JM: At the time I had hoped that we could negotiate a security structure in Europe that would include Russia and East Europeans. And I opposed at the time the way that NATO was expanded. On the other hand I recognize now looking back that Russia really did not make any proposals that seemed to be acceptable in the ’90s. So I think we got into a pattern of what I consider inconsiderate actions by the West. They were not meant to offend Russia, they had other reasons. But they were accepted in Russia as being offensive. And I would just repeat, as we started, I don’t think this is a new Cold War.

I think the main thing now is for everybody to concentrate on how Ukraine can solve its internal divisions, because the basic problem in Ukraine is internal. Unfortunately, the external influences have tended to pull it apart, and that includes Russia’s influence which has not been helpful.

SS: Before we get to Ukraine, because we are going to get to Ukraine, I would like to discuss a little bit more the misconceptions that there are between America and Russia at this point, if I may. I know there was an attempt to reset the relations between President Obama and President Medvedev’s administration. So why right now are relations between the two countries at their lowest since the Cold War?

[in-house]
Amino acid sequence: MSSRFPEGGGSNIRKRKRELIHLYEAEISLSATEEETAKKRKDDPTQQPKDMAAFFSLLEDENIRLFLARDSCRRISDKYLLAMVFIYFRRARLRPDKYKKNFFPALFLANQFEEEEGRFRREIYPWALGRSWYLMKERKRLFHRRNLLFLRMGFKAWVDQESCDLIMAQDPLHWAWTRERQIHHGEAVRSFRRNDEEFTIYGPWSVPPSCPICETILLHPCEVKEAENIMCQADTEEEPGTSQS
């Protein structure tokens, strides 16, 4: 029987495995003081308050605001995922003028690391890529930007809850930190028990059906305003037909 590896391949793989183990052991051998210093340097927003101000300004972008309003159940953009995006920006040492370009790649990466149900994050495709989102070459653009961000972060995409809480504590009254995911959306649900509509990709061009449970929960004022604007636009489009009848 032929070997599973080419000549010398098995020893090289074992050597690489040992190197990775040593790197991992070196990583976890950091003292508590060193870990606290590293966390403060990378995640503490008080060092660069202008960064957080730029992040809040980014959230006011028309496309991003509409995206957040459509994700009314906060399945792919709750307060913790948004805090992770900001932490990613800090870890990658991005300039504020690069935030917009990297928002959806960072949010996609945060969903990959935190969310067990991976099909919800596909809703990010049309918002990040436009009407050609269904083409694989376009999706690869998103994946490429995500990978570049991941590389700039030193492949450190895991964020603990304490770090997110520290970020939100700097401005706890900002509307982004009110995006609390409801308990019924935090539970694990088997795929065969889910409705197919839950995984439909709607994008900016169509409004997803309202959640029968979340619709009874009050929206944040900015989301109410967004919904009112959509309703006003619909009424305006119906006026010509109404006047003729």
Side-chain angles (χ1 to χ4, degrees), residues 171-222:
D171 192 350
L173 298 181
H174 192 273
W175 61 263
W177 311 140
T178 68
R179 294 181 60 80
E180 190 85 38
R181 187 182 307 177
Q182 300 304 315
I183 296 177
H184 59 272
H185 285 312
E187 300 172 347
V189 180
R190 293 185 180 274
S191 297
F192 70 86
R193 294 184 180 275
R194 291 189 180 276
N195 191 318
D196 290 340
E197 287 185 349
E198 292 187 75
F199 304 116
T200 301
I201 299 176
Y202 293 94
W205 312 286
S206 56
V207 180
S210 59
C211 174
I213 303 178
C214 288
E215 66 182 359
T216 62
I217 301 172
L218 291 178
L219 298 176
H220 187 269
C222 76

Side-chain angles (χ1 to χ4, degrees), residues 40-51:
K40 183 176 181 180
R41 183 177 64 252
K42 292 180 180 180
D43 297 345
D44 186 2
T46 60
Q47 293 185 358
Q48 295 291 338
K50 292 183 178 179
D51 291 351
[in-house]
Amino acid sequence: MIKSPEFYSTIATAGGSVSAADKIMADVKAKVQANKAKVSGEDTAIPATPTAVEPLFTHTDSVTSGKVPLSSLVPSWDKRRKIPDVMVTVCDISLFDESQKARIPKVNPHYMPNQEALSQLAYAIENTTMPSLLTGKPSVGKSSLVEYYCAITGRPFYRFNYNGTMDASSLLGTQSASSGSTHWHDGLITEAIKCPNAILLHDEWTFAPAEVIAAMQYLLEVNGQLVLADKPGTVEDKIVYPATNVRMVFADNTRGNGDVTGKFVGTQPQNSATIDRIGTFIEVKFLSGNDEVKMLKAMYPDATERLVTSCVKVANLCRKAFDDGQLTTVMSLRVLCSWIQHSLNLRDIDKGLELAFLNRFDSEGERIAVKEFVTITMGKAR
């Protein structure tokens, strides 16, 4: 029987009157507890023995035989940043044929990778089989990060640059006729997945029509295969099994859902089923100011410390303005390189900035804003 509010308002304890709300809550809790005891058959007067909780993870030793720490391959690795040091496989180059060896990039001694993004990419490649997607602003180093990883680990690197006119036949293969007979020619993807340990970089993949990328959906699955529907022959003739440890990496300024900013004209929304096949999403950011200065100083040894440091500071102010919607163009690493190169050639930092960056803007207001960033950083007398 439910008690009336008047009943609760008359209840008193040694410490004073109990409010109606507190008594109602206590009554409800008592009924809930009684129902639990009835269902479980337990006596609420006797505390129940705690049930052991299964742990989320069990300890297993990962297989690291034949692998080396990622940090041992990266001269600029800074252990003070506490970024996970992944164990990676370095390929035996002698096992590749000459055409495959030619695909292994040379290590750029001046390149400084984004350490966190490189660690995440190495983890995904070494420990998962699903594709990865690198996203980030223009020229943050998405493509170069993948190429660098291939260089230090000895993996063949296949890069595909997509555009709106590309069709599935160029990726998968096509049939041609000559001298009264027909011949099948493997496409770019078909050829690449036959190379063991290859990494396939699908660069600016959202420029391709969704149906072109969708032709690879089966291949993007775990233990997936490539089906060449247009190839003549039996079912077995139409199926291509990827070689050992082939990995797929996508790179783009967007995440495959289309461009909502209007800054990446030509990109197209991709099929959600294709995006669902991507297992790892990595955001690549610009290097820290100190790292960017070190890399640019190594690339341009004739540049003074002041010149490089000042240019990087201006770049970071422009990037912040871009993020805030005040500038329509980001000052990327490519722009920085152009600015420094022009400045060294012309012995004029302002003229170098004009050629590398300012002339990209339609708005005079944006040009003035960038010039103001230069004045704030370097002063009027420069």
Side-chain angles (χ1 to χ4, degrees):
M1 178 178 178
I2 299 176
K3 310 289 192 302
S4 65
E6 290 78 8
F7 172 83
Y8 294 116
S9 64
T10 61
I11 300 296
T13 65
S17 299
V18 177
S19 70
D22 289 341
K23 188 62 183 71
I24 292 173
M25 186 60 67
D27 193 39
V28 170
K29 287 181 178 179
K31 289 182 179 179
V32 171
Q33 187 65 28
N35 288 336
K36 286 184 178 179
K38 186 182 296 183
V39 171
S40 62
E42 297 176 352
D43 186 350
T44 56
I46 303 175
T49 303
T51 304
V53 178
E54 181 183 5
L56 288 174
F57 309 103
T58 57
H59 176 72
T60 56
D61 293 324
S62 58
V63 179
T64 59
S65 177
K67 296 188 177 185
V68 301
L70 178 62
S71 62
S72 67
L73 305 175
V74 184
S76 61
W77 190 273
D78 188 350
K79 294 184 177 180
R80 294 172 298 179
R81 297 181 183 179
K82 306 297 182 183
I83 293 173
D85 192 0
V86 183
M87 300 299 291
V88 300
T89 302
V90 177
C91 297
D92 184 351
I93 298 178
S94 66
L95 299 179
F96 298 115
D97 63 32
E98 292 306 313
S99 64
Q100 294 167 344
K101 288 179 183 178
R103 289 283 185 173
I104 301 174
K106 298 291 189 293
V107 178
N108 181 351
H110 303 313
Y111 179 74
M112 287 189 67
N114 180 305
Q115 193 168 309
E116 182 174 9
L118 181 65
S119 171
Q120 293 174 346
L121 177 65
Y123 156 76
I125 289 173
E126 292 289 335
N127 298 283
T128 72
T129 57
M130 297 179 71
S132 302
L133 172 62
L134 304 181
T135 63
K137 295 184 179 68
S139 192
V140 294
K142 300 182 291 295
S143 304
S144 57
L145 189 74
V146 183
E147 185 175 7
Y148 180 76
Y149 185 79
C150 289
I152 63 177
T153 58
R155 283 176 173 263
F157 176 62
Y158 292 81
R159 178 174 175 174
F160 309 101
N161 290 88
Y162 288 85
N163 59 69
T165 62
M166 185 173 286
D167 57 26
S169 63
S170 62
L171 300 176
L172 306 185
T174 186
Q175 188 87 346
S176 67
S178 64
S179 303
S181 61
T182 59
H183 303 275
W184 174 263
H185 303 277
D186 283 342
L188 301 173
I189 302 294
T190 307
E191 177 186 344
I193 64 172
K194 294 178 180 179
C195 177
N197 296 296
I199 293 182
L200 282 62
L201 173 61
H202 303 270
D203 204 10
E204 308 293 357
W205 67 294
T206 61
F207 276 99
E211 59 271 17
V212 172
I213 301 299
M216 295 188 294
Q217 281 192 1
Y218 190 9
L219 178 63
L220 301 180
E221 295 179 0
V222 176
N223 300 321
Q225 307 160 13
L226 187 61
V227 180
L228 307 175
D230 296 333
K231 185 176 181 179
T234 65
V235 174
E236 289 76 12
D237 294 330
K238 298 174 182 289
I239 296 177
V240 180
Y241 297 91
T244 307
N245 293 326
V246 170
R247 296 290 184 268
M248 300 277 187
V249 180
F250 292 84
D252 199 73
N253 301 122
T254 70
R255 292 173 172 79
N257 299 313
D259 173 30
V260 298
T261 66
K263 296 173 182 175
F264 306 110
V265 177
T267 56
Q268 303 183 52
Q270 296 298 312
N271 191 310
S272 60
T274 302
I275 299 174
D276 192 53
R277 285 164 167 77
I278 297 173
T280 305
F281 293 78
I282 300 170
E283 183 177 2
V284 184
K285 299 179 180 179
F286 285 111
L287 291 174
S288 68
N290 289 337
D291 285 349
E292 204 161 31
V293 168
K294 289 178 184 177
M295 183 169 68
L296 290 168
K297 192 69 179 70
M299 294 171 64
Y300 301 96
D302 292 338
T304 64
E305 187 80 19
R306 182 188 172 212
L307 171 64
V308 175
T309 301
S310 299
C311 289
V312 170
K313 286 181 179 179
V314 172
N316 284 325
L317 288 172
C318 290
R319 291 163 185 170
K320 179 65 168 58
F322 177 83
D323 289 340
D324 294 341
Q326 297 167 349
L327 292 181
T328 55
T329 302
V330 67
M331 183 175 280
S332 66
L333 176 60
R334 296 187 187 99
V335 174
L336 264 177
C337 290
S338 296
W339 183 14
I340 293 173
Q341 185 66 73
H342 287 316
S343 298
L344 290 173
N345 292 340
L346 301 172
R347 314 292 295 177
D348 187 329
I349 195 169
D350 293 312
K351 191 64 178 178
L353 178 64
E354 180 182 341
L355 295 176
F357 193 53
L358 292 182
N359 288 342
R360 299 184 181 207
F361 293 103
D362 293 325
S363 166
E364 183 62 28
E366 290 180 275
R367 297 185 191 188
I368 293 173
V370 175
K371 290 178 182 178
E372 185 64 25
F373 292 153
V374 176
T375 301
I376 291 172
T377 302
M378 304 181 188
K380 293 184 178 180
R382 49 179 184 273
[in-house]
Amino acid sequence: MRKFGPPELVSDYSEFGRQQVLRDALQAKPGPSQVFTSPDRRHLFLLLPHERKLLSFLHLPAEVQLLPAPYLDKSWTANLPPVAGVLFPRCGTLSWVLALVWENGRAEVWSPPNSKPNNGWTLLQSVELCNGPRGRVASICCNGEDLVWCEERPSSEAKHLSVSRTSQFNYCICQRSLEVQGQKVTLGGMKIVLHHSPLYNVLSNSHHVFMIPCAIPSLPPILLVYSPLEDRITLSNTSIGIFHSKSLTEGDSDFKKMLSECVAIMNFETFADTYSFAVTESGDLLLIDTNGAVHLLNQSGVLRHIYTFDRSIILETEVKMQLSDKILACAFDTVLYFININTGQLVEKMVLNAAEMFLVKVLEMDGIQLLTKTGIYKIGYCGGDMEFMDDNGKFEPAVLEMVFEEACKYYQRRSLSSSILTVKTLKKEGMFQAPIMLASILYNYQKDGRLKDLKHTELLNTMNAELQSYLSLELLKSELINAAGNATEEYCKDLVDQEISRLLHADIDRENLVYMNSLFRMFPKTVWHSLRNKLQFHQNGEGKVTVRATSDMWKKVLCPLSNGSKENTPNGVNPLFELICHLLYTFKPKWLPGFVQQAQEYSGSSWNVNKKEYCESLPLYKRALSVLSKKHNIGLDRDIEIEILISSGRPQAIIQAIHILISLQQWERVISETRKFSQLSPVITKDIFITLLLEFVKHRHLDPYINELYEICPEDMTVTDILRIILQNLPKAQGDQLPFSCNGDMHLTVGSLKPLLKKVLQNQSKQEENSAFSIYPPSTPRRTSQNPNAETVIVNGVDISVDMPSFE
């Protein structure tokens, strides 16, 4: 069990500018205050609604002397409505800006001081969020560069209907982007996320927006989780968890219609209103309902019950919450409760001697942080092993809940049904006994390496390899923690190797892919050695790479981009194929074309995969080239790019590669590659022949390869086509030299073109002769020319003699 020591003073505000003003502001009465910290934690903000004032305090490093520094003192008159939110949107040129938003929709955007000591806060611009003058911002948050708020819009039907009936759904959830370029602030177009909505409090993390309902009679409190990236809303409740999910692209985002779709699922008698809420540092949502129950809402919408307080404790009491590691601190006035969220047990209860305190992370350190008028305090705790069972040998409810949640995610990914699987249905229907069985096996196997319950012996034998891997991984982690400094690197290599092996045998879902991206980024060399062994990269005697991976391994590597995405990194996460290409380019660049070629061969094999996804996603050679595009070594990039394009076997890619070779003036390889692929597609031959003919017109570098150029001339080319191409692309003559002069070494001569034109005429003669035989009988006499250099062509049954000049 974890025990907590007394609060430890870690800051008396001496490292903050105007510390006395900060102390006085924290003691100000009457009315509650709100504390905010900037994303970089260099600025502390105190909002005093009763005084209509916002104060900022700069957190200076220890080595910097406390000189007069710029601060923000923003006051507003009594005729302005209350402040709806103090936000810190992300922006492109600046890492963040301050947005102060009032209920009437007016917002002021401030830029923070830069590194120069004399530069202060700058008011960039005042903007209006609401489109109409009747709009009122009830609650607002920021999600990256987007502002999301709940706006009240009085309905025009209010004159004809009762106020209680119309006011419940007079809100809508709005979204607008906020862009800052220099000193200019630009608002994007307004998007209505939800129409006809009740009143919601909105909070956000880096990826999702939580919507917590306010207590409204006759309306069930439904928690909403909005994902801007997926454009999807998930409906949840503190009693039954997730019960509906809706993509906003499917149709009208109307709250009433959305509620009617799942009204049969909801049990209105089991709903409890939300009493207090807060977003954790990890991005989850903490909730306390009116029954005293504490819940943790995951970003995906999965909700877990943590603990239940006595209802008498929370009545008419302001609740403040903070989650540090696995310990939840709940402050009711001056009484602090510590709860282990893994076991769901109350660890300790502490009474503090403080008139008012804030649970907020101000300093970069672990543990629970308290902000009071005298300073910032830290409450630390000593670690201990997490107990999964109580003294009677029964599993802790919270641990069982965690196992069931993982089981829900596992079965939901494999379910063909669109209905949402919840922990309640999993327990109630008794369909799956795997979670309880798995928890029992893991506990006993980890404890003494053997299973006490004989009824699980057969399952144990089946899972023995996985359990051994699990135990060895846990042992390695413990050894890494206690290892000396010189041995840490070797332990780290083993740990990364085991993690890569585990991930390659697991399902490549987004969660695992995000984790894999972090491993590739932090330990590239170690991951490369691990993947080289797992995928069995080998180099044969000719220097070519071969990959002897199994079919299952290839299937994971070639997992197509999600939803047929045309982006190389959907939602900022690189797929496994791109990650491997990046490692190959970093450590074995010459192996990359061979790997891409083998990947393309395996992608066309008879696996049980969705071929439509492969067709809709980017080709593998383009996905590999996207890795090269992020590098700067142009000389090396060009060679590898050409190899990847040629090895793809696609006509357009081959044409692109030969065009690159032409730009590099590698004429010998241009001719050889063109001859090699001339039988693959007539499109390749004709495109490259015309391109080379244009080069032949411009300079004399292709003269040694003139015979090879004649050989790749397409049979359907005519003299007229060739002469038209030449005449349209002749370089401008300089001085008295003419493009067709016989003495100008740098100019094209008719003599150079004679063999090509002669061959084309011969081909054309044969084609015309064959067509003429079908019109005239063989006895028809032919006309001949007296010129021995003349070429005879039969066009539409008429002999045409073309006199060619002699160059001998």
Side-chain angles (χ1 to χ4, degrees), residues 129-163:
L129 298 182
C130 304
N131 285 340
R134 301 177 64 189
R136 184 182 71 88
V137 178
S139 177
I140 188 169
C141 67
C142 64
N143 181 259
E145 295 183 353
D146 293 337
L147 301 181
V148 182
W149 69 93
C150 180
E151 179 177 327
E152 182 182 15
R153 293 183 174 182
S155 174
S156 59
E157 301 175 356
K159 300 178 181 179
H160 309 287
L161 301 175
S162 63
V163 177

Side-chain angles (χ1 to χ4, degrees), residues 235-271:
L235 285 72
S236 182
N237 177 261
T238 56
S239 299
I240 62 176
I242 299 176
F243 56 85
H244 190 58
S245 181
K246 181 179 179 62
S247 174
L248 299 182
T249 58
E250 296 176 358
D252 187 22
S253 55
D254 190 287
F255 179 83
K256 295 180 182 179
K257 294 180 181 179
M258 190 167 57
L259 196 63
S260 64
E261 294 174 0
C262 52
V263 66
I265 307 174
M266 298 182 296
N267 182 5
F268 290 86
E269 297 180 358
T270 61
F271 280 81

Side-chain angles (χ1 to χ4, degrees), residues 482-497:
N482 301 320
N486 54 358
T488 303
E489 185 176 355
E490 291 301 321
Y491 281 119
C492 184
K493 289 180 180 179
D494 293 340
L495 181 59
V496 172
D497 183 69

JM: One thing, I think, we had the American reaction to what seemed to be a steady movement by Russia to restrict democratic rights, to make the political process much more difficult and to restrict the media, to control it. In other words to introduce some of the problems the Soviet Union had that were associated with the Cold War. When Americans and West Europeans commented on these things, usually there was a very negative reaction from Russia, saying: “These are our internal affairs, they are not your business”. Well, they were internal affairs, and yet they did affect the rest of the world view of Russia and of its leadership and of the ability to do business with Russia. And I think that such things as for example, in the US, the Magnitsky Act, which I thought was unnecessary and should not have been passed. But then the reaction of the Russian Duma was actually damaging to the Russia’s interests. So these emotional issues tended to simply intrude upon cooperation where our interests were really similar.